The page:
Persistence + Resistance
These are challenging times for political life across the globe.
In the U.S., we have a president who has upset all norms of governing and the role of the United States in the world. Mired in ethical problems, the administration struggles to provide leadership, relying on appointees with limited governing experience. Thousands of government positions remain unfilled.
We have a Congress that oscillates between partisan gridlock and partisan action, short-circuiting debate about what’s best for the country. Too many of our leaders remain silent—in the face of radical transformation of our political life and in the face of hateful speech and violent actions directed towards Muslims, immigrants, African Americans, and other groups. This silence encourages those who want to deny civil rights and religious freedoms.
For people of faith and conscience, the call to resist has been loud and clear. Across the country, millions of people are protesting, lobbying, writing, and speaking out. FCNL advocates have been re-energized to work for policy change, resisting harmful policies and advancing a positive vision.
- Almost 1,700 people have lobbied with FCNL in the first half of this year—already nearly as many as in the whole of 2016.
- We’ve launched Advocacy Teams in more than 60 communities across the country. These volunteer advocates are building meaningful relationships with their members of Congress while lobbying to rein in Pentagon spending.
- Close to 1,000 people have taken part in our new online advocacy training, which gives people the tools, knowledge, and confidence to lobby effectively.
- We know that constituent advocacy matters. From health care to climate to budget priorities, we see time and again that grassroots lobbying affects whether members of Congress support a bill or take the lead on an issue.
Today, much of this work is defensive as we advocate against attempts to gut environmental protections, ban refugees, cut funding for peacebuilding policies that prevent war, and destroy the safety net for those who fall through our country’s economic cracks. We are leading efforts to oppose Pentagon spending increases and tax cuts for the wealthiest people in our country at the expense of the health and well-being of millions.
Yet, as necessary as it is to work against dangerous policies, it isn’t sufficient. Even while we are opposing proposed policy changes, we are working for our principles and vision, upholding the idea that our government can and should protect freedom, opportunity, liberty, and justice for all. And, in this time of disorientation and disruption, we are finding new openings to advance peace and justice. Fresh voices and leaders are emerging—in our communities and in our political offices—who are heeding the urgent call to speak out and lead. FCNL’s approach to advocacy, based on listening and building relationships across difference, is encouraging members of Congress to reach across party lines.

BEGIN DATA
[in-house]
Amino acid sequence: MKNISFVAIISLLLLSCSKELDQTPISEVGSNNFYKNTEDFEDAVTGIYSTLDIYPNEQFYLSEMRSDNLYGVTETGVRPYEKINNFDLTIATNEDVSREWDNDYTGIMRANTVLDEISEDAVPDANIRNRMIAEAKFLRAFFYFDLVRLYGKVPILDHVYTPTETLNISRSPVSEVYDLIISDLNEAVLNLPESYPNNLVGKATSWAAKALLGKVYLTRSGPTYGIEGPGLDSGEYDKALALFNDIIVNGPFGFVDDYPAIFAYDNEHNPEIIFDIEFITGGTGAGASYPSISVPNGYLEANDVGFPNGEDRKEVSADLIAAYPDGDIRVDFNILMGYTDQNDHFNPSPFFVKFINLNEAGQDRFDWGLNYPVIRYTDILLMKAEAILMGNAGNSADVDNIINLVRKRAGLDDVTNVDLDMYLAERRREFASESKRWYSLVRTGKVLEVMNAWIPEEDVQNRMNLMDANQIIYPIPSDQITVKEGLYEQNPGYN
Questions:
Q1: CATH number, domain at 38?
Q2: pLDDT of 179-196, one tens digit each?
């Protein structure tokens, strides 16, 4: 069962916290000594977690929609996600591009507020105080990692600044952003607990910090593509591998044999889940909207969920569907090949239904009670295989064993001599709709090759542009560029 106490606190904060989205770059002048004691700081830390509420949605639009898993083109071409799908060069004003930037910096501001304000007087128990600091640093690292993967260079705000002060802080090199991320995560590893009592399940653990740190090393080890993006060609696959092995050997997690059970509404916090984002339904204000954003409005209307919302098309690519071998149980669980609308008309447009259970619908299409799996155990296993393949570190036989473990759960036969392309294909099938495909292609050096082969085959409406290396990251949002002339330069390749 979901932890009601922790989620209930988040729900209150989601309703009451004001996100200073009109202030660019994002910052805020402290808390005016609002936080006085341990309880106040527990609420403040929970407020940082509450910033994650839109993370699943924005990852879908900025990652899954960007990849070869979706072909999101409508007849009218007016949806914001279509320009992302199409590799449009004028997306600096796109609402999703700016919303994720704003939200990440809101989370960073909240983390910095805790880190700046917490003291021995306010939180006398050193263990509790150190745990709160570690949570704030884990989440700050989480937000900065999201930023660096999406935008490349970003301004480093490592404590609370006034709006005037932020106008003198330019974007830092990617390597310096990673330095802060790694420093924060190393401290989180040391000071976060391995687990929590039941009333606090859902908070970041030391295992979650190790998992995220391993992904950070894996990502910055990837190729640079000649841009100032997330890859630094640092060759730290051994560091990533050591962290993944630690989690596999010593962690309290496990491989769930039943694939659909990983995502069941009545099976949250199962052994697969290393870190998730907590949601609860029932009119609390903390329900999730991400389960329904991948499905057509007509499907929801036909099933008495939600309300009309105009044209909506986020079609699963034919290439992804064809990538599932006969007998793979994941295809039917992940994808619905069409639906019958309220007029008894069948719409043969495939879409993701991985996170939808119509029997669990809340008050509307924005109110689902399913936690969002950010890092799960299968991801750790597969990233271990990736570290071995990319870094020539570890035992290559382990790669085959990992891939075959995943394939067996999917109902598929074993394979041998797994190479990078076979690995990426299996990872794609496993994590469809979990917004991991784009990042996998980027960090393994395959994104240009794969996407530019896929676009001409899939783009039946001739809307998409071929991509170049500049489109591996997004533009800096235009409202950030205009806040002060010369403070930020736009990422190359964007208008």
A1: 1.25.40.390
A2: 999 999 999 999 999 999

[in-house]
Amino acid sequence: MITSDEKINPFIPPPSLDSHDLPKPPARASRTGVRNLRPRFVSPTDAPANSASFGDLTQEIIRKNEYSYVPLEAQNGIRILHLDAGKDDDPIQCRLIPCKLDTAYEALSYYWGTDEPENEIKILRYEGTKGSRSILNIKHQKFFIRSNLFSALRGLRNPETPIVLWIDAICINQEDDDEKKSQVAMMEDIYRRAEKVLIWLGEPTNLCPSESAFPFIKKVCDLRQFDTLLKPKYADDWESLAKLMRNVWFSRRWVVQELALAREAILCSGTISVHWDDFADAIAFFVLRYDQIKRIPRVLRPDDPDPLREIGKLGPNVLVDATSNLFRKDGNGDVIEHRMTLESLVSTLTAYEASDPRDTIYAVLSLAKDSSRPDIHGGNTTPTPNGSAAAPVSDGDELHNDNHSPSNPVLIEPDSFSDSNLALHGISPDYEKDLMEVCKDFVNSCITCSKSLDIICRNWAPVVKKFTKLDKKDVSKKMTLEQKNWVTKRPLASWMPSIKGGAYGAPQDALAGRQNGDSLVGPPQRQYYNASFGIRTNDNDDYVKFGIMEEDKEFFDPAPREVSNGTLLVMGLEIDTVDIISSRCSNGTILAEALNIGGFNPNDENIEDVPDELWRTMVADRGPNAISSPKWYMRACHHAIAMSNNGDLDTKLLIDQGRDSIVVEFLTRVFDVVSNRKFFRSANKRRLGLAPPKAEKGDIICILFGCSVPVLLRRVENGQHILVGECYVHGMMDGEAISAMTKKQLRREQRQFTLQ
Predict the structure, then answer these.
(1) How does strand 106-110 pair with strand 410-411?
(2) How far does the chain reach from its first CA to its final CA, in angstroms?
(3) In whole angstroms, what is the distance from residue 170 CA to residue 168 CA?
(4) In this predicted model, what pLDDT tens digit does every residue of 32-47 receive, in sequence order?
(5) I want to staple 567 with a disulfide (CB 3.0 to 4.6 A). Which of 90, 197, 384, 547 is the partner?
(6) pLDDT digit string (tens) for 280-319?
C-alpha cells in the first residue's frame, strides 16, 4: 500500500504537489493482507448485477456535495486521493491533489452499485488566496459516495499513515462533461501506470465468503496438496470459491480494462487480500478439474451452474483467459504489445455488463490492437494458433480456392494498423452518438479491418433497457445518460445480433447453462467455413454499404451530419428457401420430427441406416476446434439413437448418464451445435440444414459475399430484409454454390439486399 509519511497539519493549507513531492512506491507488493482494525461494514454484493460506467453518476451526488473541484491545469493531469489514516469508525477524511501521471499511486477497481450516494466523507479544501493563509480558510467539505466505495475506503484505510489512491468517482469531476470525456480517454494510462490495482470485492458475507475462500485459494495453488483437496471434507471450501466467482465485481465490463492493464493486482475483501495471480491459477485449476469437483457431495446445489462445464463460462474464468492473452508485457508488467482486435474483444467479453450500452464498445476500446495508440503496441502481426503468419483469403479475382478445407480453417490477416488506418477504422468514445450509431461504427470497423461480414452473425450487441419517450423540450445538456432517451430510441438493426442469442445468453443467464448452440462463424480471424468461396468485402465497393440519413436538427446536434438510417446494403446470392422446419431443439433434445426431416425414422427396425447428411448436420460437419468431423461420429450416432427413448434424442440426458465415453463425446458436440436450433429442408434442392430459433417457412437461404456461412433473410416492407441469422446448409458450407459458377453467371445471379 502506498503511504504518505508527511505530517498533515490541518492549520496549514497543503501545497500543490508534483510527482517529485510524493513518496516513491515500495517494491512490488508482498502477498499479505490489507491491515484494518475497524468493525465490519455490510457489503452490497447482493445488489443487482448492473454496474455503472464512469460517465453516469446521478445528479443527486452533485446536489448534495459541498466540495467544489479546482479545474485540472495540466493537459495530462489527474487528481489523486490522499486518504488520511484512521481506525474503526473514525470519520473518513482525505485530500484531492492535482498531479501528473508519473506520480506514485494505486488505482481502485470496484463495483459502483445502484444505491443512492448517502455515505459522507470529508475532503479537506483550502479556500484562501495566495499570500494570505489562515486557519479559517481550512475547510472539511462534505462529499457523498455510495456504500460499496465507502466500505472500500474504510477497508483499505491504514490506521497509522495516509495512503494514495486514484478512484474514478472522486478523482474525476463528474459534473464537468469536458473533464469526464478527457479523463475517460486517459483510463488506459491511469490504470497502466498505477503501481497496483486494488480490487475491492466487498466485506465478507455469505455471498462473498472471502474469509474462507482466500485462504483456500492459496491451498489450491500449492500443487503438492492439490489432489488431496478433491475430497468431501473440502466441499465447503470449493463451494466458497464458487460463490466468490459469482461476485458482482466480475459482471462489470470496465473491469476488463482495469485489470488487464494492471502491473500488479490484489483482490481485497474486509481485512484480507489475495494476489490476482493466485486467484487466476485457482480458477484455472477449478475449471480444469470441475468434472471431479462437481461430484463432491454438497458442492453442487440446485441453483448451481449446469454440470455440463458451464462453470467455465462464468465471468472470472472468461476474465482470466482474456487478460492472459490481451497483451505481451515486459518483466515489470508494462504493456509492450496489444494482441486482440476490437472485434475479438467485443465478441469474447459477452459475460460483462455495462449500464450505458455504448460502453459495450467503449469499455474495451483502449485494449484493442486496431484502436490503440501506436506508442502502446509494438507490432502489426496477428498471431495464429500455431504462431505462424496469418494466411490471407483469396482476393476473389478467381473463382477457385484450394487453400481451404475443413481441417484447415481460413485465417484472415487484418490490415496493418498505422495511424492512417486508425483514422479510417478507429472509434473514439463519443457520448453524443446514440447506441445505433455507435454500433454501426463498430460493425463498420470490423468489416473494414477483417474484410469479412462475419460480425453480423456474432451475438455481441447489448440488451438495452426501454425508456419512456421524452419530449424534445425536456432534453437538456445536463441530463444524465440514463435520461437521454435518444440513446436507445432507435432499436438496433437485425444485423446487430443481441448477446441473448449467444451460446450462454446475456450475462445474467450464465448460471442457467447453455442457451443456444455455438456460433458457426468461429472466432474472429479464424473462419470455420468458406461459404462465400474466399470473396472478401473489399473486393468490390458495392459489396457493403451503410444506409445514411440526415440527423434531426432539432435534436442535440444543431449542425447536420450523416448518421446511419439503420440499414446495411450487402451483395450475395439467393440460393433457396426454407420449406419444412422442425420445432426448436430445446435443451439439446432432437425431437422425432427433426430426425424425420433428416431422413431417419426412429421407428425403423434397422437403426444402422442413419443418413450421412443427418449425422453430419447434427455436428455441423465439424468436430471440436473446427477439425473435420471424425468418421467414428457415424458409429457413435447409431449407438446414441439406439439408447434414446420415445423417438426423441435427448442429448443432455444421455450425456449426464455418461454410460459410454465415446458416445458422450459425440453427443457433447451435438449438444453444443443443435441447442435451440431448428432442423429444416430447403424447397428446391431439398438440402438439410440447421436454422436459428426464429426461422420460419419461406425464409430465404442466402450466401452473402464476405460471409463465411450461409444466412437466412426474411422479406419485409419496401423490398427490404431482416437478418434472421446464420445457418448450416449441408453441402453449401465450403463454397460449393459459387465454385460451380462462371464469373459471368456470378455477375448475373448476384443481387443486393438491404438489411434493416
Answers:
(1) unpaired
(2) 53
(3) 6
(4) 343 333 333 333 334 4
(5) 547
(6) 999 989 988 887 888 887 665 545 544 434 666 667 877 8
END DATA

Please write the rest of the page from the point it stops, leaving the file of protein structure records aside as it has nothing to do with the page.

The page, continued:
Thanks to persistent constituent advocacy and FCNL staff lobbying, dozens of Republicans are speaking out on climate change—even as the administration retreats (pg. 8). Bipartisan groups in the House and Senate are pushing for legislation to enhance U.S. leadership on preventing atrocities and genocide (pg. 6). Advocates are raising concerns with members of Congress on issues from immigration (pg. 4) to health care (pg. 5)—and it‘s making a difference.
This work takes patience and a commitment to remain connected to a prophetic vision of a more peaceful and just world. It takes a community of creative, supportive people who can hold each other up over the months, years, and decades it takes to bend the arc of the moral universe toward justice.
We must stay true to our essential values, while being willing to leap into new relationships and pursue new strategies that propel those values forward.
In these challenging times, the FCNL community is continuing a long Quaker tradition of advocacy. The nearly 75 years of FCNL’s history is part of this larger stream of principled action, using the often imperfect mechanisms available to us to pursue these ends.
This work is also an act of faith. We are called to act for what is right—even when the results can’t be predicted and the odds seem impossibly long. We must stay true to our essential values, while being willing to leap into new relationships and pursue new strategies that propel those values forward.
Today, we seek to open the hearts of elected officials to new perspectives and encourage them to look beyond their political self-interest. We are tapping the commitment and passion of our growing network around the country, and members of Congress are listening. This approach is making a difference, even in a political environment whose landscape is shifting under our feet.